Unfortunately, the big game of the year is a one and done football game, which is just how their sport works. There's too much to lose if we force players to play more games than they do. The crush and contact makes it necessary because as we all know players are property, or at the very least, they're investments meant to be coddled like an adorable little Muppet baby of a child that must be protected from the world or a former ALCS hero third baseman that gets injured in a basketball pickup game that he wasn't allowed (by contract) to play in...
Unless they're a big time thug NFL quarterback with no helmet and no permit crashing out his motorcycle because that's the cool thing to do, which brings us back to jump where we look at how football players differ from baseball players: the sense of entitlement that thinks being the guy with the ball and the guy with the rings makes all the difference.
Sure, it takes a man to wear a boot when he's injured and risk further injury while leading his team to victory (though it's better if your sock shows blood and you beat your hated opponents - props to you, Curt Schilling). However, that doesn't change that the game and the culture of the NFL is flawed.
This is just one man's opinion... that's all.

Sunday, February 6, 2011

Jim Thorpe

There's something about the spectacle that is the Superbowl. The pomp, the circumstance, the hype, and the hope that 2 teams can come together in an epic clash and make it all the way to the end of the 4th quarter and still be going strong enough that they both have a chance to win because that's what it's all about.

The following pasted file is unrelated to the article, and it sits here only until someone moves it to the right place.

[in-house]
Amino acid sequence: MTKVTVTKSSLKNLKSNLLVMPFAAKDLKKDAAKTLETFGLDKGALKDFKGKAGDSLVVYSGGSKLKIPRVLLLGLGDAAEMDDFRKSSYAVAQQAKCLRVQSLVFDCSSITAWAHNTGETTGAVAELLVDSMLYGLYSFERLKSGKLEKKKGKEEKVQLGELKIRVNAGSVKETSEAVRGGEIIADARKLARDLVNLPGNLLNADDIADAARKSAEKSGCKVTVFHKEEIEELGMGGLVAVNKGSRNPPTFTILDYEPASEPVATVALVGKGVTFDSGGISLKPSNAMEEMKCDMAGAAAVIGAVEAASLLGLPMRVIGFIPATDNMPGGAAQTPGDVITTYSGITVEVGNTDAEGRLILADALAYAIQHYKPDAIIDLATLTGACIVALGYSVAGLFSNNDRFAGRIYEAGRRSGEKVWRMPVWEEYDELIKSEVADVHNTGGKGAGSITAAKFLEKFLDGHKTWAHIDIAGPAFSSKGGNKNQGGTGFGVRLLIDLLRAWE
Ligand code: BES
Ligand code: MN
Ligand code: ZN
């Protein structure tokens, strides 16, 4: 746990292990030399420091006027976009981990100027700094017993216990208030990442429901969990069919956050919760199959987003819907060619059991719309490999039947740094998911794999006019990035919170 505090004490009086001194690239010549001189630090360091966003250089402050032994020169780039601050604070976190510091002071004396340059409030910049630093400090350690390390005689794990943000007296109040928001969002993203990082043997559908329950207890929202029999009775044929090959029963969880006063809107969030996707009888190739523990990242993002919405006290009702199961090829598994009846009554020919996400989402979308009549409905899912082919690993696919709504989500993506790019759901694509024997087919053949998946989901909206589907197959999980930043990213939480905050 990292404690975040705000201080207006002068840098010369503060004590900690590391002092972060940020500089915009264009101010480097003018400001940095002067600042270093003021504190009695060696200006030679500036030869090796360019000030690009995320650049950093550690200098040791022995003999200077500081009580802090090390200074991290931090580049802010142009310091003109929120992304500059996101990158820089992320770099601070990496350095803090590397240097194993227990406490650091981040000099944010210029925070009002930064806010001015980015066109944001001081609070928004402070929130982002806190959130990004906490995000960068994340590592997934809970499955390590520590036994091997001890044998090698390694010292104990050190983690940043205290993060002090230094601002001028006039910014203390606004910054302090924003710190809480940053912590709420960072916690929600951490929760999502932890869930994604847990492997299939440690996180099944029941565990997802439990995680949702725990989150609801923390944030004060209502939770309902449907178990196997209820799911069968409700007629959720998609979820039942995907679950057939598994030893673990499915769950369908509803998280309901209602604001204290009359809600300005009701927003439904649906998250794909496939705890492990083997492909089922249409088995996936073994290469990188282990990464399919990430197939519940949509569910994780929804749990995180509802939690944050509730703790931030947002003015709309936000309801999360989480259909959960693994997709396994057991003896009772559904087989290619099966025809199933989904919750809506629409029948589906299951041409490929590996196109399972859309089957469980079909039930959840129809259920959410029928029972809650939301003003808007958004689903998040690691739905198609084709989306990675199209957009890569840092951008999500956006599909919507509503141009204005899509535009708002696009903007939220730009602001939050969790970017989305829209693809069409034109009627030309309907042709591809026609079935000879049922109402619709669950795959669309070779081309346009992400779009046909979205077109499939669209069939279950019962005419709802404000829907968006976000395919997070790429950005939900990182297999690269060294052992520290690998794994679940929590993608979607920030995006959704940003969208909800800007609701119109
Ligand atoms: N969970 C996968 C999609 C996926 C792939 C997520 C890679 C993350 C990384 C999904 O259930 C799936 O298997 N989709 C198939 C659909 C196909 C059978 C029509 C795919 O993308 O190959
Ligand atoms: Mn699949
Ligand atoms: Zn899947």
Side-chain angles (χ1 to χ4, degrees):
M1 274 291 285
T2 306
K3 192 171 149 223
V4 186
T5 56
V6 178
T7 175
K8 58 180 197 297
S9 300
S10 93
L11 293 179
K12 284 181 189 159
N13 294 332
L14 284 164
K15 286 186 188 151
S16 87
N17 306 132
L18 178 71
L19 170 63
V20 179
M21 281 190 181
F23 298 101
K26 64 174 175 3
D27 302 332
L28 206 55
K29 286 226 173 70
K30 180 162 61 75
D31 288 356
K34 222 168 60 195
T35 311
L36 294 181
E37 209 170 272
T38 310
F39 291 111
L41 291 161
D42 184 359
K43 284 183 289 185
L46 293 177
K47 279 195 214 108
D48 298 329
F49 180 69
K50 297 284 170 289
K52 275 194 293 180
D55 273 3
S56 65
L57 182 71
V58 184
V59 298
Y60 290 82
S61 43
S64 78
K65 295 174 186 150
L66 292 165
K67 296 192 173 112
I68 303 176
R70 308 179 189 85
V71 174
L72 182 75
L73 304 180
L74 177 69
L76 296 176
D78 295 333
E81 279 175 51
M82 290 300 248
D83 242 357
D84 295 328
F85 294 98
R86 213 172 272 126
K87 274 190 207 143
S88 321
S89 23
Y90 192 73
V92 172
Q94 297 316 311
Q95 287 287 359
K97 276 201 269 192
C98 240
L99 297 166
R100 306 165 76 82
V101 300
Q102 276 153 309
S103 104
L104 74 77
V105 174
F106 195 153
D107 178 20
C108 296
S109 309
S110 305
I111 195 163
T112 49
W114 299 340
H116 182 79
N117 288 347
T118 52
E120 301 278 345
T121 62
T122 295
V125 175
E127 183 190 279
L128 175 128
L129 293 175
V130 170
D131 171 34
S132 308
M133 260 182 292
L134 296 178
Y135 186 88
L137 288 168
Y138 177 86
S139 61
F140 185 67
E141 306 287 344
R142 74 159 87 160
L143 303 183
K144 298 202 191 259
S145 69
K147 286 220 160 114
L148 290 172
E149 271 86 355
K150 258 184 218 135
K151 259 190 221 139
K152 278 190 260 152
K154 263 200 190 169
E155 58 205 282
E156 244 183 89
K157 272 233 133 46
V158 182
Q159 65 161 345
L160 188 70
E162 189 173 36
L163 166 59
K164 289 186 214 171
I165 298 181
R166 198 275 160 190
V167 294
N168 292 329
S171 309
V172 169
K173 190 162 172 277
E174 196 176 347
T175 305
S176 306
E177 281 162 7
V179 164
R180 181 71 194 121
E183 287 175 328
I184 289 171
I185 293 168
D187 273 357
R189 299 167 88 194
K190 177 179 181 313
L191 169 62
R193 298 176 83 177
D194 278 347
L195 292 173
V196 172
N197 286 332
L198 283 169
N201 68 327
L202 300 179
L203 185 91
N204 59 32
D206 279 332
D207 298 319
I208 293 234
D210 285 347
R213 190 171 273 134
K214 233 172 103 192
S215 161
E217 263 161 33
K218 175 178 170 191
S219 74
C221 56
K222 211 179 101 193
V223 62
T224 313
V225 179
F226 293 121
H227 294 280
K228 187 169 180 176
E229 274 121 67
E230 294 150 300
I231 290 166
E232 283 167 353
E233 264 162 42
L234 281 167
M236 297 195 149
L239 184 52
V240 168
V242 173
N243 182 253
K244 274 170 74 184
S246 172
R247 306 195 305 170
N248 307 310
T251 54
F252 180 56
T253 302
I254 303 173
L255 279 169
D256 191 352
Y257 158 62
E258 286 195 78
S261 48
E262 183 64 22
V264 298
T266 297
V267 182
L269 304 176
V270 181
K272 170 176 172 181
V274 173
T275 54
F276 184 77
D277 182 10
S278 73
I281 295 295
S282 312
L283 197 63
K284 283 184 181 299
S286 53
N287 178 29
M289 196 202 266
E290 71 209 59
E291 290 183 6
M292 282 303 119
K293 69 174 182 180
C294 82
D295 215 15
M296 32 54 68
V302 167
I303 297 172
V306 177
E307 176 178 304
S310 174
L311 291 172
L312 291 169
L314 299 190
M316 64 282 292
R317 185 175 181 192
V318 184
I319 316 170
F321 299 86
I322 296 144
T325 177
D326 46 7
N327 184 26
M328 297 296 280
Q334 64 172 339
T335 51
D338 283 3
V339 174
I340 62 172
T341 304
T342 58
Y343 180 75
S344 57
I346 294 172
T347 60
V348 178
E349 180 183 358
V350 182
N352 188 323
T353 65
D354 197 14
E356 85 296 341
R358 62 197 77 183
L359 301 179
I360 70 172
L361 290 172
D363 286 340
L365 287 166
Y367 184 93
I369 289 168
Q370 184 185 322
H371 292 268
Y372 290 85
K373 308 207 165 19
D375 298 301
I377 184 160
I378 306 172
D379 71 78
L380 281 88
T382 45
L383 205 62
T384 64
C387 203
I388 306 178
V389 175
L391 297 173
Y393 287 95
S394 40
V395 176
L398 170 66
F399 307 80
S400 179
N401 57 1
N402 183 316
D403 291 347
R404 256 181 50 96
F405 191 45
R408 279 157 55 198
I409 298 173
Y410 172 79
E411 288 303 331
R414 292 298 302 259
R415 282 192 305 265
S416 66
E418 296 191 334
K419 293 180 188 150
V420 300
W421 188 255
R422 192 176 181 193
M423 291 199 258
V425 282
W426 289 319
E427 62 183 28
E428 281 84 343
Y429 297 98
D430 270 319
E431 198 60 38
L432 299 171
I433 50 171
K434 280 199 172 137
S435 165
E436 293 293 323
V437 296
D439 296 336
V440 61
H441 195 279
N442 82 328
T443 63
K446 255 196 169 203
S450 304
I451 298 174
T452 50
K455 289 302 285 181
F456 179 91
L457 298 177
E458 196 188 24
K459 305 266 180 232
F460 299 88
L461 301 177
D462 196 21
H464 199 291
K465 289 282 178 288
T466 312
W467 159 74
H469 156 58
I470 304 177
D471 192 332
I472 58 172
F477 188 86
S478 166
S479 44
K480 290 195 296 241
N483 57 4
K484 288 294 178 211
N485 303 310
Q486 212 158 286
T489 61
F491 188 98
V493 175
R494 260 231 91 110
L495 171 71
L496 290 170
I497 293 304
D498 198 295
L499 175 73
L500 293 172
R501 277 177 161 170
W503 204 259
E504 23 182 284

Somewhere in the game is a minor league carnival of whatever. While there aren't T-shirt cannons and crazy ostrich riders / hot dog vendors, there is still enough "other stuff" that people who don't care about football can enjoy the jubilation of Rah Rah America Kicks Ass Day (if Obama really wants to impress me, he'll rename Superbowl Sunday as such and make the next day an official half day like they did when I was in the Air Force (at least in the early 1990s at the European clinic I worked at with regards to all un-necessary personell since the game was televised VERY late at night on AFN)).
But the Superbowl is the epitome of America. Baseball really can't compete with the "general public" though George Carlin was right about it. Baseball's spectacles just aren't the same since the death of Bill Veeck. The World Series is 7 games and it's not do or die. The All-Star Game (in baseball as in all sports) is a series of spectacles and some applause for who was announced with no Pete Rose / Ray Fosse moment since it's all about being owned by the team and to play one's heart out in a game that doesn't count towards the standings... anathema! Well, at least it is for modern players.
Back in the day, athletes could be great and play 2 sports. Danny Ainge was a Blue Jay, but he chose the Celtics instead, which was a good choice because the Celtics were dominant in the Larry Bird era. Bo Jackson bled his heart out on two fields and made Buck O' Neil salivate over the sound of his bat (unfortunately, I never heard this because I was young and in England and totally un-concerned with the sports whose trading cards I grew up with).